Visit one of New Hampshire’s original microbreweries located in the heart of the Western White Mountains. Started over 20 years ago with a seven-barrel system, the Woodstock Inn Brewery nestled on Main Street in North Woodstock has now grown to a 30-barrel production facility and lab. Their beer is now crisper, cleaner and has a smoother and more balanced finish. The Brewery offers eight year-round brews, including their 4000-Footer IPA, Old Man Oatmeal Stout, and Pig’s Ear Brown Ale. Each season, they also brew special seasonal flavors to be enjoyed on the patio after a long day of hiking or by the fireplace after an epic powder day. No matter what your tastebuds like, there is a beer on tap or in cans waiting for you at the Woodstock Inn Brewery.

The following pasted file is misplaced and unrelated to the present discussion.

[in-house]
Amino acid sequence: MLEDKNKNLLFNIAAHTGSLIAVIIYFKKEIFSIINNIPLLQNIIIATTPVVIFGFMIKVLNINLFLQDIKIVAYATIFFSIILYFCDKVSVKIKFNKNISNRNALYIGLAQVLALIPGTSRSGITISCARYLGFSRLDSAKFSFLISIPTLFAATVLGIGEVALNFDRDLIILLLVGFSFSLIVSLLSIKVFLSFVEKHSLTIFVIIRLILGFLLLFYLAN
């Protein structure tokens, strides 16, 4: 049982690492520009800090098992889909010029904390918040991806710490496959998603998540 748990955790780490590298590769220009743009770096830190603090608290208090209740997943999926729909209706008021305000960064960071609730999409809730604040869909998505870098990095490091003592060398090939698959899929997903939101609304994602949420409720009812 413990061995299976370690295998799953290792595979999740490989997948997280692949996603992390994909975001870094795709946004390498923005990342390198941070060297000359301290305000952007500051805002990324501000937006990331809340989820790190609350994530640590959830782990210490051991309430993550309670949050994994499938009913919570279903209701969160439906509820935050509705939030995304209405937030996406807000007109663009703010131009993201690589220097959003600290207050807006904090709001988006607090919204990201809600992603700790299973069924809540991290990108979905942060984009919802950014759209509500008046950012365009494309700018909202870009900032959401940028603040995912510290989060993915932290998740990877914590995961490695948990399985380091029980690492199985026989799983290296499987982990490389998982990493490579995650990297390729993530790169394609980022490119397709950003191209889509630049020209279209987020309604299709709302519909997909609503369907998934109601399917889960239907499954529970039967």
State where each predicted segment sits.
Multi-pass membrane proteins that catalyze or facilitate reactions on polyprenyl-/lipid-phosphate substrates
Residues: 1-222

One Love Brewery
Located in downtown Lincoln in the historic Henry Paper Mill, One Love Brewery is a German-style beer pub. Brewed in-house and featuring creative names, the beers at One Love are typically German lagers, but you’ll also find some hoppy varieties on tap. Make sure you pair your pint with something delicious from the menu. The starters menu is eccentric featuring items such as Ravioli Tikki Masala, Empanadas, and Poutine. And, don’t miss the burgers! If beer isn’t your drink of choice, then you’ll want to try a cocktail. From White Peach Sangria to Pain Killers, you’ll find something to quench the thirst on a hot day. Did we mention that the deck at One Love Brewery is dog-friendly?
Seven Birches Winery